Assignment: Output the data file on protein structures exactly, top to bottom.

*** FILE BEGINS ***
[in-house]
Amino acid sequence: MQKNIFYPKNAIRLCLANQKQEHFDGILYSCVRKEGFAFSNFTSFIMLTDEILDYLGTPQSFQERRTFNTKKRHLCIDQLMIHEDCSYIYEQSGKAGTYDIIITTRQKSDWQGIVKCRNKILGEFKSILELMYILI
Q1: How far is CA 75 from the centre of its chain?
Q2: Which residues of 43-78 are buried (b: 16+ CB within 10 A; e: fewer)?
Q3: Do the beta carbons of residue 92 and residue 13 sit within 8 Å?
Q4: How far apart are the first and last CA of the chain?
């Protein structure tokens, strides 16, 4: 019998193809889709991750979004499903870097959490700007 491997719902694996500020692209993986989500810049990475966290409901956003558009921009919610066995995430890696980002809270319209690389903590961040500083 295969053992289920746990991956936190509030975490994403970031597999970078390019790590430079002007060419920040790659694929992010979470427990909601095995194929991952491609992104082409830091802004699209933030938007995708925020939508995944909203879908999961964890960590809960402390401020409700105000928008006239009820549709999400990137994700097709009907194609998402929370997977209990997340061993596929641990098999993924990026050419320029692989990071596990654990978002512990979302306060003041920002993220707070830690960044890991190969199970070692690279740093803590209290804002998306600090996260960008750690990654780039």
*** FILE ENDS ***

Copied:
[in-house]
Amino acid sequence: MQKNIFYPKNAIRLCLANQKQEHFDGILYSCVRKEGFAFSNFTSFIMLTDEILDYLGTPQSFQERRTFNTKKRHLCIDQLMIHEDCSYIYEQSGKAGTYDIIITTRQKSDWQGIVKCRNKILGEFKSILELMYILI
Q1: How far is CA 75 from the centre of its chain?
Q2: Which residues of 43-78 are buried (b: 16+ CB within 10 A; e: fewer)?
Q3: Do the beta carbons of residue 92 and residue 13 sit within 8 Å?
Q4: How far apart are the first and last CA of the chain?
């Protein structure tokens, strides 16, 4: 019998193809889709991750979004499903870097959490700007 491997719902694996500020692209993986989500810049990475966290409901956003558009921009919610066995995430890696980002809270319209690389903590961040500083 295969053992289920746990991956936190509030975490994403970031597999970078390019790590430079002007060419920040790659694929992010979470427990909601095995194929991952491609992104082409830091802004699209933030938007995708925020939508995944909203879908999961964890960590809960402390401020409700105000928008006239009820549709999400990137994700097709009907194609998402929370997977209990997340061993596929641990098999993924990026050419320029692989990071596990654990978002512990979302306060003041920002993220707070830690960044890991190969199970070692690279740093803590209290804002998306600090996260960008750690990654780039």